“As a parent myself, I always wondered what goes on during my child’s day,” explained Fairmeadows Elementary 2nd grade teacher Amanda Oleson. “With that in mind, I wanted to paint a better picture for the parents of my class.” She’s now using a free website tool available from Shutterfly to provide her parents with a view into her classroom. First grade teacher Jillian Robbins from Westridge Elementary is also doing the same, “Many parents have commented on how they enjoy being able to ‘see’ what is happening in the classroom, and it’s opening the lines of communication with parents.”
5 reasons we love Shutterfly for connecting parents to our classrooms!
#1: It’s simple!
“In one single word, Shutterfly is…. SIMPLE,” said Oleson. It’s easy because the system already provides the framework for the website, teachers just need to plug in their content. There are even options to customize the site to tailor it to your specific needs. Here are some examples…
Volunteer Tab: Post information for what tasks and roles you need parent volunteers.
Class List: Since you can make your shutterfly site “private” for parents only, you can post your class list with contact information.
Wish List: Publish your classroom needs… whether it’s for you or for students in need.
Student Blog: Use it to post student writing!
Web Links: Have a list of commonly used websites for students and parents? Post them in your site for easy access.
Documents & Newsletters: You can post all types of documents: pdfs, Word, even PowerPoints.
A snapshot of Oleson’s classroom website built with Shutterfly, featuring links to the calendar, photos, and more.
#2. We love PHOTOS & VIDEOS!
Parent Tammy Wright exclaims, “Our favorite feature is the photo gallery!” This is where Shutterfly excels, it’s easy to take photos of any classroom event and post them to a photo gallery in Shutterfly. “I love the pictures and videos on the site which document classroom activities like when the student learned the continents through a song. Being able to play these back at home helps me get involved and help spark great family conversations,” states parent Ken Morton. Parent Deborah Lind said, “I’ve always wanted to be ‘bug on the wall’ in the classroom and with the photos and videos, this is the closest I’ve ever come!” Parents are also finding that classroom photos are great conversation starters with their children, “My son loves to tell me about who is in the picture and what they are doing,” says parent Gina Feingold.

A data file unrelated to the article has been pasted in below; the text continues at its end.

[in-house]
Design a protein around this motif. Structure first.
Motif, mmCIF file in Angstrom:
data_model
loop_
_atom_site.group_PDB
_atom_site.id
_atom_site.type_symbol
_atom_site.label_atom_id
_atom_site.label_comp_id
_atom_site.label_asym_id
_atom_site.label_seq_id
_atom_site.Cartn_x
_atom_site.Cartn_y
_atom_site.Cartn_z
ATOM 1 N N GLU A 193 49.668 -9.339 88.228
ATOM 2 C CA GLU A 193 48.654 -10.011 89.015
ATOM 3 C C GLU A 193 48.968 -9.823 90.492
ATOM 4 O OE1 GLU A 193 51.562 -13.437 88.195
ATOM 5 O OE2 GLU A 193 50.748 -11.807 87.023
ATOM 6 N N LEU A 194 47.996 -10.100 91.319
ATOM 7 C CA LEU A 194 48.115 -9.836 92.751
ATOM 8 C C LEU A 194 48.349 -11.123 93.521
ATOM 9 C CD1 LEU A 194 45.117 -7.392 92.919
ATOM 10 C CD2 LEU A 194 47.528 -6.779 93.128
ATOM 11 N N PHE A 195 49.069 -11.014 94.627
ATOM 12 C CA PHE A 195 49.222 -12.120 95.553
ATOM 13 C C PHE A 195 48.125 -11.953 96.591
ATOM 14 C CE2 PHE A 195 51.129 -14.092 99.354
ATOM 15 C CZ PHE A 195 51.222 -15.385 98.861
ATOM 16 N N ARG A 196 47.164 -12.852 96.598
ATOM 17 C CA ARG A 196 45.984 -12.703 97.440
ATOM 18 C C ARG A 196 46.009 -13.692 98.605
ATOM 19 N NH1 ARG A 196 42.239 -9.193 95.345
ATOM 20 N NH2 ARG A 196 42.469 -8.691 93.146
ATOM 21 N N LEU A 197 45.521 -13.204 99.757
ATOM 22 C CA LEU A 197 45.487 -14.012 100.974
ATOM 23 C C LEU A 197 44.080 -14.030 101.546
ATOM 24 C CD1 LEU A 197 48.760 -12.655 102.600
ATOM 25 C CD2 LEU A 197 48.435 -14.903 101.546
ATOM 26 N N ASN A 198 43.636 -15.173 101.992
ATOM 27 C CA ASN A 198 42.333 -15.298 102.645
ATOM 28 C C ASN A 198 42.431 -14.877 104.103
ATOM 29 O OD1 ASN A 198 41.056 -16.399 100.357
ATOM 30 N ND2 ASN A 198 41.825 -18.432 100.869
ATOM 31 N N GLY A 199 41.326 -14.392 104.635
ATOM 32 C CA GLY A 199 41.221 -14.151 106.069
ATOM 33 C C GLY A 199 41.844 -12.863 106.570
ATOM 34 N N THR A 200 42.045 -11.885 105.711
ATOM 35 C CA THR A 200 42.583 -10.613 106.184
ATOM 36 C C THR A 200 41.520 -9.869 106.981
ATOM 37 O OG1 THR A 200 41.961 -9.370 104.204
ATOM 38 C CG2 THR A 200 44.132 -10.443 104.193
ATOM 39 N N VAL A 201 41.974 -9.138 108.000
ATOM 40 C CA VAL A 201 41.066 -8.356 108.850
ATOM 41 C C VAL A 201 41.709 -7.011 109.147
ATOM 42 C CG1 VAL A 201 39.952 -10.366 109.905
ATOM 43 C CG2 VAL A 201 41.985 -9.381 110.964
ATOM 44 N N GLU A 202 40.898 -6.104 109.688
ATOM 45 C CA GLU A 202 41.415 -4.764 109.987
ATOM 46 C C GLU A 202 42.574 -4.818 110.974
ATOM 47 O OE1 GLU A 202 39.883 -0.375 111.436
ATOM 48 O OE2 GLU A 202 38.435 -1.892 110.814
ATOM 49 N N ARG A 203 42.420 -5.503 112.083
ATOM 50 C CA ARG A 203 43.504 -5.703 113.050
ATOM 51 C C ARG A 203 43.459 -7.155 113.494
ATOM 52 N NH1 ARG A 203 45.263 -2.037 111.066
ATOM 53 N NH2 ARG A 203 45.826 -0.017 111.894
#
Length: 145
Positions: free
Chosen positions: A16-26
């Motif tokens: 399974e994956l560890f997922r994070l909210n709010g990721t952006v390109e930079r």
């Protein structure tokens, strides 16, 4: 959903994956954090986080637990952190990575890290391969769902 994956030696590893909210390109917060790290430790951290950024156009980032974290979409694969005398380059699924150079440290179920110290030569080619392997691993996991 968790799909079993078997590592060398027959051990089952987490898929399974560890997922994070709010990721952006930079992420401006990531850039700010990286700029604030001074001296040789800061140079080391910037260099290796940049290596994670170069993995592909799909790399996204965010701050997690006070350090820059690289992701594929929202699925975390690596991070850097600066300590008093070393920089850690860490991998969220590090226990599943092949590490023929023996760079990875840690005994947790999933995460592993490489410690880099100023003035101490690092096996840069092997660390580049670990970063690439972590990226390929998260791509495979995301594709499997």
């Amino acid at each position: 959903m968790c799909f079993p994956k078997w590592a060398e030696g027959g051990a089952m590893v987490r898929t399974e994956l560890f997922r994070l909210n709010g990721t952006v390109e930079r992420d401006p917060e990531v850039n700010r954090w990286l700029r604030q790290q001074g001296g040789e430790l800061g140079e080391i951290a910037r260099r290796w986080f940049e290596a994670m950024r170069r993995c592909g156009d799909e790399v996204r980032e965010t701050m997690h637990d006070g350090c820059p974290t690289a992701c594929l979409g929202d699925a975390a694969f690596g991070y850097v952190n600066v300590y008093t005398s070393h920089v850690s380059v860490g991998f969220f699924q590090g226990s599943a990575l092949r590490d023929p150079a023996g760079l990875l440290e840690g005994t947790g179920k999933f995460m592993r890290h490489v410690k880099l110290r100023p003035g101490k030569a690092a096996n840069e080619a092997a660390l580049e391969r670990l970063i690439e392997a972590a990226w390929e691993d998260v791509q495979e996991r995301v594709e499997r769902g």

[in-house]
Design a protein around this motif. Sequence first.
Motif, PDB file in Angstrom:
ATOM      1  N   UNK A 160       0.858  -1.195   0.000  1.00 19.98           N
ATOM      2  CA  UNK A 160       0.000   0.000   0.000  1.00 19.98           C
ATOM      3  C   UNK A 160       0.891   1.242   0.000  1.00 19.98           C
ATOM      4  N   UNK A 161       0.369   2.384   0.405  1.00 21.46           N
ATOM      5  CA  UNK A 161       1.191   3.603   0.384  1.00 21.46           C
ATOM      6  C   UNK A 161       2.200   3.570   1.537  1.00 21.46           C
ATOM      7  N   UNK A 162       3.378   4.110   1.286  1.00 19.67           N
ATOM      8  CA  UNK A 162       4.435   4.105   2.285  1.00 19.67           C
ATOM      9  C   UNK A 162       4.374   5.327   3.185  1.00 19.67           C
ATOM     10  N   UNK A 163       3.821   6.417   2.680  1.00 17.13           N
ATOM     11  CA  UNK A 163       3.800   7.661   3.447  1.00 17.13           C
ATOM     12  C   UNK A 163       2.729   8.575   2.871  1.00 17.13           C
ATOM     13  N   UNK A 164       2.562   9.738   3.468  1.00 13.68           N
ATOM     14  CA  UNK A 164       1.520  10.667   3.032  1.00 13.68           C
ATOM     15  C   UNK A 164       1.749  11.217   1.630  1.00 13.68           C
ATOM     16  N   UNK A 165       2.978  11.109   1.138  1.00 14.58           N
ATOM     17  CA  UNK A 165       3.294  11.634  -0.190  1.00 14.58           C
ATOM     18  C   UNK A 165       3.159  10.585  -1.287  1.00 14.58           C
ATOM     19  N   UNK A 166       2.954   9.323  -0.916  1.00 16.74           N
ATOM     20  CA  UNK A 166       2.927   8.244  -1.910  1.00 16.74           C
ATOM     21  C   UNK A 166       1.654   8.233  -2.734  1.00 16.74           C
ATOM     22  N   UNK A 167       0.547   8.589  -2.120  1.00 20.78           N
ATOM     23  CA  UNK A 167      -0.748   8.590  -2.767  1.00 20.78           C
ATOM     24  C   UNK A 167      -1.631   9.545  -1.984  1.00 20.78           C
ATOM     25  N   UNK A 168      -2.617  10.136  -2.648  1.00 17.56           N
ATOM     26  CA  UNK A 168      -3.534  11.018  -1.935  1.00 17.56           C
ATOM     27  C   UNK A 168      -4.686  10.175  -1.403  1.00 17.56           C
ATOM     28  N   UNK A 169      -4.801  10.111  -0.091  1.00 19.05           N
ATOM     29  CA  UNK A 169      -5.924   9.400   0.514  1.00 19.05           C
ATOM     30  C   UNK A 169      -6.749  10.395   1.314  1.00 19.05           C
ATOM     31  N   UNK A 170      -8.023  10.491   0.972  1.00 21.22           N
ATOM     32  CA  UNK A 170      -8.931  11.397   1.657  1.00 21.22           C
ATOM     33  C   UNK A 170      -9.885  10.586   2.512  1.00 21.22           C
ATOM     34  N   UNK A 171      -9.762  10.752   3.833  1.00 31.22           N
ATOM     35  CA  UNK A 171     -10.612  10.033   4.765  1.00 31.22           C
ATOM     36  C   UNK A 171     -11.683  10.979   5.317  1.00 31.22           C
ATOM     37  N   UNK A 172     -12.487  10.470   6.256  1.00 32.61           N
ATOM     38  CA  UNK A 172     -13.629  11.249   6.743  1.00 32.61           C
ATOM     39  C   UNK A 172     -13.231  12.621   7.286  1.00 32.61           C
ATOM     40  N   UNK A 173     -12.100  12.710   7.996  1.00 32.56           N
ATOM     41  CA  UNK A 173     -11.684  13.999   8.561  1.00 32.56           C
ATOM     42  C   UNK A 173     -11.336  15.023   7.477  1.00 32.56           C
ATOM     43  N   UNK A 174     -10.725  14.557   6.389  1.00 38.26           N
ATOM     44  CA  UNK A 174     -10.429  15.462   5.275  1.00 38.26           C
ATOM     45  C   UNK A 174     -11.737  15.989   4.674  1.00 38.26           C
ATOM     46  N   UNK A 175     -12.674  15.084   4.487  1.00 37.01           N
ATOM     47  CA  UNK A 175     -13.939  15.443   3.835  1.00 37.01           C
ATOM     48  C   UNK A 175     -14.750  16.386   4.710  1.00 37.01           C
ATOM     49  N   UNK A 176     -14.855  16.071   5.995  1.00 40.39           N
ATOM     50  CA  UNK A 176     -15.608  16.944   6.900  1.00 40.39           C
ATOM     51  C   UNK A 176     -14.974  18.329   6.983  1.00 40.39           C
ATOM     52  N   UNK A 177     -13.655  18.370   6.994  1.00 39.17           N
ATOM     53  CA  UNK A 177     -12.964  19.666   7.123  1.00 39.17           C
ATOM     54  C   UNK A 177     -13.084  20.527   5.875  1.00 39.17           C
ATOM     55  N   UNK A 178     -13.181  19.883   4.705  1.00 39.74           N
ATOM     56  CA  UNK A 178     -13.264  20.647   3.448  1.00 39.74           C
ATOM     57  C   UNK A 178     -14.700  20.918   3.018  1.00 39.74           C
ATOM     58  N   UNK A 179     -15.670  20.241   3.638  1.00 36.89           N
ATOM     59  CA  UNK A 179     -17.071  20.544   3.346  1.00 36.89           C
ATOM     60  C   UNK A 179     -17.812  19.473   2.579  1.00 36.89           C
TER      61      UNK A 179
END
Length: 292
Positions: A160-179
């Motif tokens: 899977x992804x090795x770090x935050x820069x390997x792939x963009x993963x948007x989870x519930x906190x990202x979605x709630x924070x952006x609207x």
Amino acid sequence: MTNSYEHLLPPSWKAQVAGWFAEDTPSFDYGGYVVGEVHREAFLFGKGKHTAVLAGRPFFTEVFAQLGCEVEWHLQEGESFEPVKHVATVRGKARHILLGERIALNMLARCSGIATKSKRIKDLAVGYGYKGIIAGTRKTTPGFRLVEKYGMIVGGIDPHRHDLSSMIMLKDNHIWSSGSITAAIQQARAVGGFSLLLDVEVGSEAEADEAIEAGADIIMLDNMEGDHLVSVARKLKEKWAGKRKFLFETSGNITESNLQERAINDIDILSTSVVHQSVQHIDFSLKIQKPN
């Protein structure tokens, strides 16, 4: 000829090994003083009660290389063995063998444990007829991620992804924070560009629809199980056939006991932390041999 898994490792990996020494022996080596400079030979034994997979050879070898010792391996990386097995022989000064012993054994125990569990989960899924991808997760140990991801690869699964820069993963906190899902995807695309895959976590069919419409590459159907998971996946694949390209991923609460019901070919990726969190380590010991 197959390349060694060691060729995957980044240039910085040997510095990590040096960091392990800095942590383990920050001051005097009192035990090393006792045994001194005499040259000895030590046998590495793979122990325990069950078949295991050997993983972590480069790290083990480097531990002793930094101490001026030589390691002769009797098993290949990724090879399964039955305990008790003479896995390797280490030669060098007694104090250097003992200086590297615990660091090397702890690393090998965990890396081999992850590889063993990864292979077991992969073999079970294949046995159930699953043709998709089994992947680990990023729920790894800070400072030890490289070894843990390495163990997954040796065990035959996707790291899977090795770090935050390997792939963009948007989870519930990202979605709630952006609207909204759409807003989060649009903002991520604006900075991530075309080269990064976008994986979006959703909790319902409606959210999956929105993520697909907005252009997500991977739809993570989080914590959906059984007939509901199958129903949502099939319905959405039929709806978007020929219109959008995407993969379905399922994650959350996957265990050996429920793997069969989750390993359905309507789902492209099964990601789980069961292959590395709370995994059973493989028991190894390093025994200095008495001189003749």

Organized photo galleries are one of the many strengths of Shutterfly
Besides your traditional photos of classroom celebrations and major events, here’s a few other ideas suggested by parents…
- Record a video of learning rhymes and songs. If you’re using a song to learn or memorize facts or concepts – record a group of students practicing it. This enables parents to see exactly what students are practicing and enables families to help out with practicing at home.
- Science experiments: A quick video clip of a science experiment can draw lots conversation at the family dining table.
- Student work: Parents expressed an interest in seeing student work examples, as they’ve found that it’s a great conversation starter and helps them gauge classroom expectations.
- Recess. Really? Yes! Of course, no one is asking for daily recess photos… but the idea was suggested by several parents, as they found that a few random shots of recess will draw huge conversations from students, enabling them to work the conversation towards what’s going on in the classroom.
#3. Calendar and Email Notifications
Shutterfly’s calendar is not only easily to use, it also has notification options available for parents. Oleson states, “I plug in homework dates, due dates, or reminders of events and Shutterfly sends my parents emails reminding them of these times.” Shutterfly also has the ability to send weekly digest updates… a quick weekly update of things that are new on the classroom website. In fact, Shutterfly even provides parents with the ability to submit their photos from classroom events.
A snapshot of Robbin’s classroom website, showing the calendar, wish list items, and links to documents.
#4. Private vs Public
Shutterfly has two basic options for your classroom website: private or public. Both Robbins and Oleson are currently using a private site. This restricts search engines from finding their student photos and projects, enabling a safer environment for posting photos. At any time during the school year, parents can request an account from the teacher by simply emailing the classroom teacher.
#5. It’s FREE
You can’t beat the price!! Although Shutterfly does have limited storage for videos, there is no cost for the standard, basic classroom site.
Considering Shutterfly’s strengths in providing a safe environment for posting photo galleries, it’s easy to see why parents are so excited about using photos to get a view of what’s happening in the classroom. Parents agree that the use of photos certainly appears to be the key to sparking the conversations at home. As Robbins has found, “it gives parents an idea of things they can prompt their children with,” giving parents a new angle towards answering the age old question of “What did you do in school today?”
2nd grade teacher
1st grade teacher